A 17-year-old senior two student has been arrested for allegedly announcing the Inspector General of Police Martins Okoth Ochola dead on Facebook.
Last month, stories made rounds on social media claiming that the police boss was critically ill and that he had been admitted in the intensive care unit following his long public absence. The police however dismissed the claims as being untrue.
Charles Twiine, the Criminal Investigations Directorate (CID) spokesperson said that on September 22, a post on Facebook by an account under the name Brison Olywl Oz declared that Ochola had “finally died” and that he should “rest in peace”, prompting investigations into the incident.
“Our investigators from the cyber unit working together with Uganda Communication Commission followed up the case and found that the Facebook account had been opened using a phone number, belonging to Fatumah Nakazibwe who was tracked and arrested," Twiine said.
He explained that upon interrogation, Nakazibwe denied having a Facebook account but said she was always giving her phone to her son identified as Mubarak Mubiru who was arrested.
Following Mubiru’s arrest and interrogation, he admitted owning the Facebook account but claimed he used the phone with three other colleagues who could be behind the post that announced the police chief dead.
Police then arrested Mubiru's colleagues as investigations into the incident continued. According to Twiine, Mubiru later confessed to having been behind the post.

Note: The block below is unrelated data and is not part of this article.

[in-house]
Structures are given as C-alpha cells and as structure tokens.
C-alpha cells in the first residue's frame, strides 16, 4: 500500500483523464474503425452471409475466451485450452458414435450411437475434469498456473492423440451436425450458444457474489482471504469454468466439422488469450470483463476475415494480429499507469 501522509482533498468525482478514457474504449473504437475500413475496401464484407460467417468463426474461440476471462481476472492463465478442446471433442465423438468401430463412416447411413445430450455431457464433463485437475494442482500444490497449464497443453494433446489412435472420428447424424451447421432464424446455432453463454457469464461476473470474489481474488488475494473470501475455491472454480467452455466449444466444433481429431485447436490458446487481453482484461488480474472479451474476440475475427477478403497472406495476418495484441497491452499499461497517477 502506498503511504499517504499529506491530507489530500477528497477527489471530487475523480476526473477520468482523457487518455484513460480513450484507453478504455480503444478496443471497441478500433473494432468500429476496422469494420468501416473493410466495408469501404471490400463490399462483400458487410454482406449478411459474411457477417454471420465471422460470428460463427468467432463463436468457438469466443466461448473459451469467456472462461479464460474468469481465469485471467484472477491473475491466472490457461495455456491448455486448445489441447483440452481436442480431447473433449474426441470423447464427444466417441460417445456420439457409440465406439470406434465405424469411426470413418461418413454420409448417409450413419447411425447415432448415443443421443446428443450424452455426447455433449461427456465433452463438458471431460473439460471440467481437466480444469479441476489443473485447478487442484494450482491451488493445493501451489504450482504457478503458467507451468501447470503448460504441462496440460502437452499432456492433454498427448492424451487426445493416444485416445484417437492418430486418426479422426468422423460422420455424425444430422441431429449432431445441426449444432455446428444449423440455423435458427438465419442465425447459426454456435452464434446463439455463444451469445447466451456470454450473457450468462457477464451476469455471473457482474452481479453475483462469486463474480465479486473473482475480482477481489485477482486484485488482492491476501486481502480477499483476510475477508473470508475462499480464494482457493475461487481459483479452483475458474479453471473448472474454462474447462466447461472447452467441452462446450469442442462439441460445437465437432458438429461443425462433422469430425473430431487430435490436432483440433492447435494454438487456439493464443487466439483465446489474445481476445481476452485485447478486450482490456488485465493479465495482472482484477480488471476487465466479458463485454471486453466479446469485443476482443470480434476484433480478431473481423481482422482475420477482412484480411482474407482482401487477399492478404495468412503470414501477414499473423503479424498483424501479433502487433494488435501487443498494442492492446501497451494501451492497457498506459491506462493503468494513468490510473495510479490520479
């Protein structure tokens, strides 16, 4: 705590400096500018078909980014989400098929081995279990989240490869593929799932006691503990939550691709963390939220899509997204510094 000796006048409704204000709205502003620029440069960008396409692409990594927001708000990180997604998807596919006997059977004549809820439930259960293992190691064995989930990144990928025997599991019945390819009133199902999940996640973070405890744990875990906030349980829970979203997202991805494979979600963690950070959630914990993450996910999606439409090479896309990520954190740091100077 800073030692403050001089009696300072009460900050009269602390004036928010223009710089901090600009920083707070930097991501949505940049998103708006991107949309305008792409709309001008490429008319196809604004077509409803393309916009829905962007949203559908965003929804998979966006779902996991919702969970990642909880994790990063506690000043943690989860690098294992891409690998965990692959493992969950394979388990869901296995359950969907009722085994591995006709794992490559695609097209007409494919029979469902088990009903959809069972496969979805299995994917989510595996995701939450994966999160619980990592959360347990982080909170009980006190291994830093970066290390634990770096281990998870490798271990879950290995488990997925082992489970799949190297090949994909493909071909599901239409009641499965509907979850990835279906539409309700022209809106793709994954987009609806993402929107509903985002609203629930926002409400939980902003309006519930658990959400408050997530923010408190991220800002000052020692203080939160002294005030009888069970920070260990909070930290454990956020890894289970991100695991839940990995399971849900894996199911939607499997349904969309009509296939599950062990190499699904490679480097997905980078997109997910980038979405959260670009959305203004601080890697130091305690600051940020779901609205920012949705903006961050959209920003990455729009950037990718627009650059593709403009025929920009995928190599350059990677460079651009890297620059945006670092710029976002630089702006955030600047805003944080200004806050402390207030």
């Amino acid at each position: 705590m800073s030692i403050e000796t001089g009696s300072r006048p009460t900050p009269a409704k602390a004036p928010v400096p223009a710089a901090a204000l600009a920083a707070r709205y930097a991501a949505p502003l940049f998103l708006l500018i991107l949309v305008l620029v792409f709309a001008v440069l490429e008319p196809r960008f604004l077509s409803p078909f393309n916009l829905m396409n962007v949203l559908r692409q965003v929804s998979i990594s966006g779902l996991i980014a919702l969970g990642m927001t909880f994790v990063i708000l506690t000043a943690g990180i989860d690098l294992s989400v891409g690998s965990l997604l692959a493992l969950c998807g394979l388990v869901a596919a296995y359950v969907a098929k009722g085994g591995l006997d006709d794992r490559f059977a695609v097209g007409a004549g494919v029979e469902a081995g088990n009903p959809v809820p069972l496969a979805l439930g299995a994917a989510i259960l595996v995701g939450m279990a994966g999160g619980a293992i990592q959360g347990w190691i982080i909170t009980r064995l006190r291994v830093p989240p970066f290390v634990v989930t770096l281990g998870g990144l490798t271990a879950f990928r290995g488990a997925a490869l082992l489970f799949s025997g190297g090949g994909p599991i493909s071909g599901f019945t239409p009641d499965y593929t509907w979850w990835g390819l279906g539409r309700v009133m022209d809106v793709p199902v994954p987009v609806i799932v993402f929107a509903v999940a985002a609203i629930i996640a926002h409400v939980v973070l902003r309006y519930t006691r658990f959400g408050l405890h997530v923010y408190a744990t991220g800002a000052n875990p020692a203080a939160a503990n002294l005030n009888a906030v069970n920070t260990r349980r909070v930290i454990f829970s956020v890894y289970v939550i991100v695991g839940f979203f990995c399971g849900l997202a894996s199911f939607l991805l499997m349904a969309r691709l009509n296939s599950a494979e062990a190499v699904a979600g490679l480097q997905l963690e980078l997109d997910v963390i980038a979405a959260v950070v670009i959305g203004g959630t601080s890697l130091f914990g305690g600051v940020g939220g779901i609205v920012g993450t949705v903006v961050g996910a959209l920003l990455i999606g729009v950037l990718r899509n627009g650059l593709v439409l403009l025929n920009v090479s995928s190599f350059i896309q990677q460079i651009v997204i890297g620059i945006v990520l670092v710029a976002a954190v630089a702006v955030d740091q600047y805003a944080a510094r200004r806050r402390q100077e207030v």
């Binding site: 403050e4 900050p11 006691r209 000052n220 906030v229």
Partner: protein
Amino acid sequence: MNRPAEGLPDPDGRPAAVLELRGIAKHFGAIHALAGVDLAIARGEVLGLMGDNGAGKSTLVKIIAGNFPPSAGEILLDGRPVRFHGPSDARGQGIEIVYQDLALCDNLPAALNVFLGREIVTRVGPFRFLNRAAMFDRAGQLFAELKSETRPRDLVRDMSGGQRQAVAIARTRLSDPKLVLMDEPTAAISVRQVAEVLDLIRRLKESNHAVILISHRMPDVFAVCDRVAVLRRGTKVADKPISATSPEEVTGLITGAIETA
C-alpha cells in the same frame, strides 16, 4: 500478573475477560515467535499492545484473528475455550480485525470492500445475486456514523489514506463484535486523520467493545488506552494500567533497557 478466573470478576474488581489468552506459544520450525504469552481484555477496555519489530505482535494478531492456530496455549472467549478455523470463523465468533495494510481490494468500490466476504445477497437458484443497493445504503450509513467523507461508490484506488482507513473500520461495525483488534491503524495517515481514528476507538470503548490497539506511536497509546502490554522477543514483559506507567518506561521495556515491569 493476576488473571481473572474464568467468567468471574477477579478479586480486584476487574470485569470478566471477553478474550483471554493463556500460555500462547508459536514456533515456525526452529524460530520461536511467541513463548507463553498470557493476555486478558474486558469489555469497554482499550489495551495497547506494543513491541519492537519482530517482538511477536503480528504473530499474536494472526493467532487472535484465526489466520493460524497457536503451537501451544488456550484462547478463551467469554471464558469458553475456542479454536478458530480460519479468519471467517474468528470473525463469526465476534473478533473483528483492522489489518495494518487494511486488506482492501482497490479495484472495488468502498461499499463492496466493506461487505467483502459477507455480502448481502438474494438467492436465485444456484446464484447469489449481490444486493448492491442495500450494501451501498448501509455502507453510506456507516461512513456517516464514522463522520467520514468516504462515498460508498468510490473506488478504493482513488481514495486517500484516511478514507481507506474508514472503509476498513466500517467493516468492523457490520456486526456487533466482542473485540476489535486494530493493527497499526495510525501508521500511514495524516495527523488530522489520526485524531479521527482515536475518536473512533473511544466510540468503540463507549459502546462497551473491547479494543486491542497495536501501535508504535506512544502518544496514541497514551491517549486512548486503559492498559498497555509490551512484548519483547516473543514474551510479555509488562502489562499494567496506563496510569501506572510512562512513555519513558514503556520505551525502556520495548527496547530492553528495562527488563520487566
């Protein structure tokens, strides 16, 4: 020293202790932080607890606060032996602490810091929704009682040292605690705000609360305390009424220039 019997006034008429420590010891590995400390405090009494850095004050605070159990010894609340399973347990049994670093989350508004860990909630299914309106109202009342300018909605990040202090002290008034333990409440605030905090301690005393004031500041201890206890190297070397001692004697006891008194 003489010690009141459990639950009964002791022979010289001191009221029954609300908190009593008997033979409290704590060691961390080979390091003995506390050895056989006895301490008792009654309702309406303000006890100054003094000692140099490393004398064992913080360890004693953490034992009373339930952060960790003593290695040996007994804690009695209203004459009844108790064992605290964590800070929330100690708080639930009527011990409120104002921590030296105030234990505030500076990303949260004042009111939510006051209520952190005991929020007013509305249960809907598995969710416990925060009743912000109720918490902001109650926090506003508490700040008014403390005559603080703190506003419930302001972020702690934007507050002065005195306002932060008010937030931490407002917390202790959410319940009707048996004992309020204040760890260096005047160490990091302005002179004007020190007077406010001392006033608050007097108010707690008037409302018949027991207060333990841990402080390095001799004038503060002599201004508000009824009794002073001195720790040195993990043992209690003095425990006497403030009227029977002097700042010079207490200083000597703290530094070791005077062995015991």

“After investigations were completed, the inspector general of police as the complainant was informed but on realizing the person behind the offense was a 17-year-old, and considering that he is also a parent, he advised that he should be forgiven since he is still a minor," Twiine explained.
Twiine however noted that the case file has been forwarded to the director of public prosecutions (DPP) to ensure the charges of offensive communication slapped against this boy are formally dropped in accordance with the law.
“The withdrawal of these charges is only a monopoly of the director of public prosecutions, but the IGP has asked us to engage the parent to understand that it is not good to leave the phone to the children without knowing what they are doing with the phones. So many crimes are being committed using parents' phones without their knowledge," Twine stated.